Still, although Schmidt said, "There's no visible evidence of anything," he said the fire department notified the state Department of Environmental Quality and is working with the Health Department and Chesley to find the source of the petroleum.
"WE'RE DOING what we can to mitigate it, but there's certainly no cause for alarm," said Schmidt. "It could be home-heating oil or diesel [fuel]. Even a few ounces of oil spilled could linger for several months."
Nonetheless, said Chesley, "It bothers me and everybody else here because of the well situation [Clifton's homes have well water]. I personally think it's coming from an old tank on Main Street." He said most of the houses in Clifton are heated by fuel oil, and their tanks are supposed to be changed, every so often.
"I think one or more are leaching oil into the ground," he said. "They get old, rust and start to drip. And with all the rain we've had — oil being lighter than water — oil floats on it. We already have a high water table here, anyway, so all the rain pushed the groundwater and the oil higher and closer to the surface — to the level of the groundwater-drainage pipes."
Chesley also figures that, because of cracks in the stormwater-drainage system, the oil has gotten into the groundwater. So he asked the county and state for maps of Clifton's drainage system. But none existed because Clifton's underground pipes are so old.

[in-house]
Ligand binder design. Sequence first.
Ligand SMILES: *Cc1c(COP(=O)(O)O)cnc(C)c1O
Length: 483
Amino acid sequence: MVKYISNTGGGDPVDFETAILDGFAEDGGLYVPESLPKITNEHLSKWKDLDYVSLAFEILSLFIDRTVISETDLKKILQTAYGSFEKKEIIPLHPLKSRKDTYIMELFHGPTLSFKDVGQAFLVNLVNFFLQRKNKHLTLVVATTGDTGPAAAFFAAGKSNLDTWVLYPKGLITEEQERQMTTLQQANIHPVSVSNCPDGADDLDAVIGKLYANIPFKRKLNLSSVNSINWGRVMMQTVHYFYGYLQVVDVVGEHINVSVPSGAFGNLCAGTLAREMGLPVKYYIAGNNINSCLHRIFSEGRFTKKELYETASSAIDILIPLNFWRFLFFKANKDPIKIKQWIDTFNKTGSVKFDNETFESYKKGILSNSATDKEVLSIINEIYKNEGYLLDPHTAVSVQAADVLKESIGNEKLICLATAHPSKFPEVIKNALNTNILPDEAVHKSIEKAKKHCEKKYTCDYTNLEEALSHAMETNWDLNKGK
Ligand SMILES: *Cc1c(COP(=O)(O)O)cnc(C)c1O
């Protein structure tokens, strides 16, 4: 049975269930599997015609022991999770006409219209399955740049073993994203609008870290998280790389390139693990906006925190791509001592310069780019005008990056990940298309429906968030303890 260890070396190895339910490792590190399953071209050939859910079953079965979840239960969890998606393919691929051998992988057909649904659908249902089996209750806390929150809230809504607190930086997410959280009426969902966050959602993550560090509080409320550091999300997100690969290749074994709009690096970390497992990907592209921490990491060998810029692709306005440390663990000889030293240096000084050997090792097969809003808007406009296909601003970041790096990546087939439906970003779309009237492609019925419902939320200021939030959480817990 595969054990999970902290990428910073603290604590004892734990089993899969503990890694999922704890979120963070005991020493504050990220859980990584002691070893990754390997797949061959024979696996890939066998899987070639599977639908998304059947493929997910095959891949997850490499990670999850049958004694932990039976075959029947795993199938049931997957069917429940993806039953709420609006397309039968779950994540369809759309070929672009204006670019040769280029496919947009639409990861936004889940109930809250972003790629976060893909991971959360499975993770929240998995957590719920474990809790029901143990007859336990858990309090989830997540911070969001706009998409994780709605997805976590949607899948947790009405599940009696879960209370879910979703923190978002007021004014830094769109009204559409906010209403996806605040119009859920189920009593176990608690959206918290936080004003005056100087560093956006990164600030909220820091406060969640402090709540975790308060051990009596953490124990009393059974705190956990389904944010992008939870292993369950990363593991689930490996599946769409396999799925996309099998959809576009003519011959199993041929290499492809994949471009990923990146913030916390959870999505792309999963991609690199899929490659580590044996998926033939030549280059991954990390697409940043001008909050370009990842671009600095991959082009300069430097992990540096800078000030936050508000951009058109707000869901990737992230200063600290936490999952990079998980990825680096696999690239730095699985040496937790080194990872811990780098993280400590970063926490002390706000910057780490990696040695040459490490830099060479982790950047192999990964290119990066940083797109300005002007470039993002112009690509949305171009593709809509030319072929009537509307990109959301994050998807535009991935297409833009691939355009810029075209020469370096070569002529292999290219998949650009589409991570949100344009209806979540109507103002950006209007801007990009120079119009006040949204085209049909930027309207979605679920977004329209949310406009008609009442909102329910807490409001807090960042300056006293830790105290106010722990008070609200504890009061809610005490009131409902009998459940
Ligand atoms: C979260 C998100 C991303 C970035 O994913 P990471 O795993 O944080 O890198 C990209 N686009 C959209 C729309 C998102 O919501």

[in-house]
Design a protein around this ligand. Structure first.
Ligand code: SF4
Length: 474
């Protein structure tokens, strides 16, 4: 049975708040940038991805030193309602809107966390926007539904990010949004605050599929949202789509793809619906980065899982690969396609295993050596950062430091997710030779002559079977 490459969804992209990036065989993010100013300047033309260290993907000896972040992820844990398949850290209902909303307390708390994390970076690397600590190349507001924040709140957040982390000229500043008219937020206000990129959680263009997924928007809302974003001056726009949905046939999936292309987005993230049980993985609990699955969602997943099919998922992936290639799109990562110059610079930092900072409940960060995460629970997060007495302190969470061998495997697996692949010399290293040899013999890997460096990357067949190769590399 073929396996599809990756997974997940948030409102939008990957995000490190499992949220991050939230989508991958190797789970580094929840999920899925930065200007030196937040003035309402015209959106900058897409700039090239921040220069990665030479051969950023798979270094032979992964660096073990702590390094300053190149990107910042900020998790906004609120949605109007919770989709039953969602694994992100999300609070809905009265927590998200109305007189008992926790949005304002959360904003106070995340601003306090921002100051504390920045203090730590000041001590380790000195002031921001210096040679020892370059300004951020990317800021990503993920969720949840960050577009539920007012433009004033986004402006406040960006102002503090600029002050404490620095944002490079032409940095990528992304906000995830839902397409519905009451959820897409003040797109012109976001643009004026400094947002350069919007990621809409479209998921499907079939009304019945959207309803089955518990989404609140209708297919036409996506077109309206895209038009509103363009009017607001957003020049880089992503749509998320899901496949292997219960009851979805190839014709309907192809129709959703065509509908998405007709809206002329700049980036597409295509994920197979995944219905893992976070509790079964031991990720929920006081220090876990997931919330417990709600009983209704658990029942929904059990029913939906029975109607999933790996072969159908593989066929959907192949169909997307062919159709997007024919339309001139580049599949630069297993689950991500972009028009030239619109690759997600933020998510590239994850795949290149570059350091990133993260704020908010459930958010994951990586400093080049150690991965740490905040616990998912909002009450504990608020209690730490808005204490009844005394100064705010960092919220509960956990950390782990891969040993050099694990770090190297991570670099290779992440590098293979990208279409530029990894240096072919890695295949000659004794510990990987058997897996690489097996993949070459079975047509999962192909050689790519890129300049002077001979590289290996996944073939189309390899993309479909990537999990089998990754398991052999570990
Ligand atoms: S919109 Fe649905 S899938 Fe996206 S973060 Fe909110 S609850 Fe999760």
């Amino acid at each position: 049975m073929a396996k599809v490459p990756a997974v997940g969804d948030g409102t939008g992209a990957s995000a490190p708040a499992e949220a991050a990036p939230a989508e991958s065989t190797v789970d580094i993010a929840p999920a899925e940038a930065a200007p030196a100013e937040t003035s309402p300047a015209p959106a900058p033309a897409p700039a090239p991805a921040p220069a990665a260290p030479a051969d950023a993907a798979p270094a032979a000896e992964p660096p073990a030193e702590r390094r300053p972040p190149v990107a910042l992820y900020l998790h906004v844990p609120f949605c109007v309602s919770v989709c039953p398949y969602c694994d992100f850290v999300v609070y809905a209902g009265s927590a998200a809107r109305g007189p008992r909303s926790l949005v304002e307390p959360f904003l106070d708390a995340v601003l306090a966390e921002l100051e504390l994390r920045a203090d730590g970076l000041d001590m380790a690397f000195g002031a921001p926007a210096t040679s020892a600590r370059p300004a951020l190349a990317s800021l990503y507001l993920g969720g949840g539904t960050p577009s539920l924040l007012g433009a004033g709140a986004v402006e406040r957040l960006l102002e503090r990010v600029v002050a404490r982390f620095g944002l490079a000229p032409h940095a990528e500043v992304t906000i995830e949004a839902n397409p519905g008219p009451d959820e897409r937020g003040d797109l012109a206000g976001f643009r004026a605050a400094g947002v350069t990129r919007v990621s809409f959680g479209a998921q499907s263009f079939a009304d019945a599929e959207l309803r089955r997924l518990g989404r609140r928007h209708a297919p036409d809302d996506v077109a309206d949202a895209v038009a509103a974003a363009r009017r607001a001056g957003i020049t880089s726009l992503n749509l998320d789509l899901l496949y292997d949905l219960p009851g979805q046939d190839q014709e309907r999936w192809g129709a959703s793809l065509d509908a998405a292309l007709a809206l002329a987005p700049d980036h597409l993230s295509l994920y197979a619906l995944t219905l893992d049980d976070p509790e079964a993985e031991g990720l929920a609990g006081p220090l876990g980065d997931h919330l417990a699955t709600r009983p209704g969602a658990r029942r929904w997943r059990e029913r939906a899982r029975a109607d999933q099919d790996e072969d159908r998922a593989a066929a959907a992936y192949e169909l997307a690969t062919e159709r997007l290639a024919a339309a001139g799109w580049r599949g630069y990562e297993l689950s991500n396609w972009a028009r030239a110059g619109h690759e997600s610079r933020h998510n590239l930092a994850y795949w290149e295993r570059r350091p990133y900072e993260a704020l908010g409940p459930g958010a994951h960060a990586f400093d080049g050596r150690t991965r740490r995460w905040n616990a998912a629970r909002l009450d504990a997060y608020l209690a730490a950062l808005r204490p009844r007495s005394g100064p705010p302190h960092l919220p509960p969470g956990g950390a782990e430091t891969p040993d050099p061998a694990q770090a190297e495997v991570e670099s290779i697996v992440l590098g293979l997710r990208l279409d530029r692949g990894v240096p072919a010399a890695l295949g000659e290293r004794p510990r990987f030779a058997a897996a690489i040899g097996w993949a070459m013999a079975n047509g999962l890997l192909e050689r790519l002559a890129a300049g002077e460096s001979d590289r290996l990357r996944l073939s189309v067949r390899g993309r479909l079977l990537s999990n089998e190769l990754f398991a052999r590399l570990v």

Then VDOT got into the act. Although the county's in charge of the sewer system — and Clifton owns the pipes — VDOT maintains the stormwater-drainage system because it's in VDOT's right-of-way. So on Jan. 7, Chesley met with Jenkins and with Bob Driscoll, VDOT's head resident engineer for Northern Virginia.
Driscoll sent for a TV scope truck to photograph one end of the town's drainage pipes to the other to see if it could reveal the source of the leak or leaks. It would map out the system and look for cracks. (Chesley estimates the system was installed prior to 1954 because that's how far back VDOT checked).
MORE INFORMATION came to light at the Jan. 6 Town Council meeting. Councilman Wayne Nickum, who lives on Main Street, said his neighbor's oil tank rusted out, about 15 years ago, and 200 gallons of fuel oil poured into the ground. "This was the first anyone had heard about it," said Chesley. "So I also had the Hazmat guy take samples there, and I recommended that everyone in town get their fuel tanks and wells checked."
On Feb. 17, the scope truck arrived and a VDOT crew planned to videotape all the underground, storm-drain pipes to check their alignment and look for debris or stoppage. From a spot left of the Long & Foster, Realtors, building at the foot of Main Street, they planned to photograph up to 1,000 feet away.
"We'll look at it as it travels and will be recording it on a VCR in the truck," explained VDOT Transportation Maintenance Manager David Klink. "We figure any blockage would flow downhill to here."
So what was the result? "They got 10 feet in, and the camera broke," said Chesley. "They'll have to come out and do it again." Until then, the mystery continues.